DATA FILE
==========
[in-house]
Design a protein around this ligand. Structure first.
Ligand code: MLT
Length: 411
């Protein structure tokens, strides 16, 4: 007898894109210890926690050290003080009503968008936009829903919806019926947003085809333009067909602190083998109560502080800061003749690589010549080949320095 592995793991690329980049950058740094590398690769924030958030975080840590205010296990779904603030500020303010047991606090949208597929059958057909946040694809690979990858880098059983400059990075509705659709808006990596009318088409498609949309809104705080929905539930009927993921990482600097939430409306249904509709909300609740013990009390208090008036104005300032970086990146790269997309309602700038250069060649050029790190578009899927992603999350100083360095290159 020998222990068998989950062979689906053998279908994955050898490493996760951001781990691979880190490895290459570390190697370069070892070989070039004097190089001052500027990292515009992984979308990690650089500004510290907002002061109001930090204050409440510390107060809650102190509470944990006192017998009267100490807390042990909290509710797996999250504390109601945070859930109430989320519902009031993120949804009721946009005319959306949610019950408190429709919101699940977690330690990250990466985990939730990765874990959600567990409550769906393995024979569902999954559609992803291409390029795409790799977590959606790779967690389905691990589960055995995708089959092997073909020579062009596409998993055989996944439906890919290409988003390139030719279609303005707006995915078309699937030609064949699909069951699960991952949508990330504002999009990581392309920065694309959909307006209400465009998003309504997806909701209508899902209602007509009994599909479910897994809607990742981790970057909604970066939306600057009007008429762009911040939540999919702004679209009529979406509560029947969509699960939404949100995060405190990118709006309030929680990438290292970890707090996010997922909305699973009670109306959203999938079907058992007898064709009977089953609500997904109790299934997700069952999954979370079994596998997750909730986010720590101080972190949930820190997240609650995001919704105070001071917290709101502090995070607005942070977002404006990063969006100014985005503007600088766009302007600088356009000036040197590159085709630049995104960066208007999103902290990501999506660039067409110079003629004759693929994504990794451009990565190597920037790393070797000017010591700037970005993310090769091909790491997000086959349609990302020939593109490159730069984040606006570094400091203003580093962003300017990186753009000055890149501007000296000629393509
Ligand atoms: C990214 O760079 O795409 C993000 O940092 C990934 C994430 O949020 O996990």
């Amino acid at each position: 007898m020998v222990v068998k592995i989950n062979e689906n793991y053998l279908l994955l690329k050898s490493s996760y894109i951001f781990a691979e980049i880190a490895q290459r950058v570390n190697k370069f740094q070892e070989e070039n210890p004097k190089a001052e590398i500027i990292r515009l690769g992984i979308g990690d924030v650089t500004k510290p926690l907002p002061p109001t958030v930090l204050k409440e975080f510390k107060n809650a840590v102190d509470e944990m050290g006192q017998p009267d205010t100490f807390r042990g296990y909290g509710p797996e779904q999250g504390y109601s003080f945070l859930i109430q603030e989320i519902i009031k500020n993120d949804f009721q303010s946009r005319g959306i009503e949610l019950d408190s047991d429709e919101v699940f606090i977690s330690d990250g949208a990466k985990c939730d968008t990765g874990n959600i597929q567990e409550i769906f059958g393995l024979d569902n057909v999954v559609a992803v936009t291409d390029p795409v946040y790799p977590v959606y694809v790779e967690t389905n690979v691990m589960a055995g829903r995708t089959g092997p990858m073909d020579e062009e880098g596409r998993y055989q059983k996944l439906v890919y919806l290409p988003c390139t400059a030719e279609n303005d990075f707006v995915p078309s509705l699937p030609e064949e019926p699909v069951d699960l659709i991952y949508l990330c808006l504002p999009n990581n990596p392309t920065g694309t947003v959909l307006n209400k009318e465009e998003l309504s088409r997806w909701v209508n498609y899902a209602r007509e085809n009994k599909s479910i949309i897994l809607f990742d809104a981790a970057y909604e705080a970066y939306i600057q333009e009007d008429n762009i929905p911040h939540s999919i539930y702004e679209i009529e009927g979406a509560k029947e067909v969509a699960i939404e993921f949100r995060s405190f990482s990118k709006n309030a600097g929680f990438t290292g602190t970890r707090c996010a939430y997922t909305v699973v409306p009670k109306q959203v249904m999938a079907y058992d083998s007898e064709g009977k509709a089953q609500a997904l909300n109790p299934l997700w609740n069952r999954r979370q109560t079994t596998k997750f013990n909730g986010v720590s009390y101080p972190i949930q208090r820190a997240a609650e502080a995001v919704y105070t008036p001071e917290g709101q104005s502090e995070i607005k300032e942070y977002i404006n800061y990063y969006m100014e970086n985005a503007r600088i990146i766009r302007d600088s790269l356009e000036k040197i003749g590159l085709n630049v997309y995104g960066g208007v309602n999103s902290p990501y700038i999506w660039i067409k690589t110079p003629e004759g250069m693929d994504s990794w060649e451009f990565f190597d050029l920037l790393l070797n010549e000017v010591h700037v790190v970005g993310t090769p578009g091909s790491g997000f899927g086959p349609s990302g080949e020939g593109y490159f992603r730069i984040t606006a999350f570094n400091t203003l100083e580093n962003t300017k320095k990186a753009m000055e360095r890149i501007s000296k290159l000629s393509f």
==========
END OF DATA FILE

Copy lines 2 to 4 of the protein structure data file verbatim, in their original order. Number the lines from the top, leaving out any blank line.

Design a protein around this ligand. Structure first.
Ligand code: MLT
Length: 411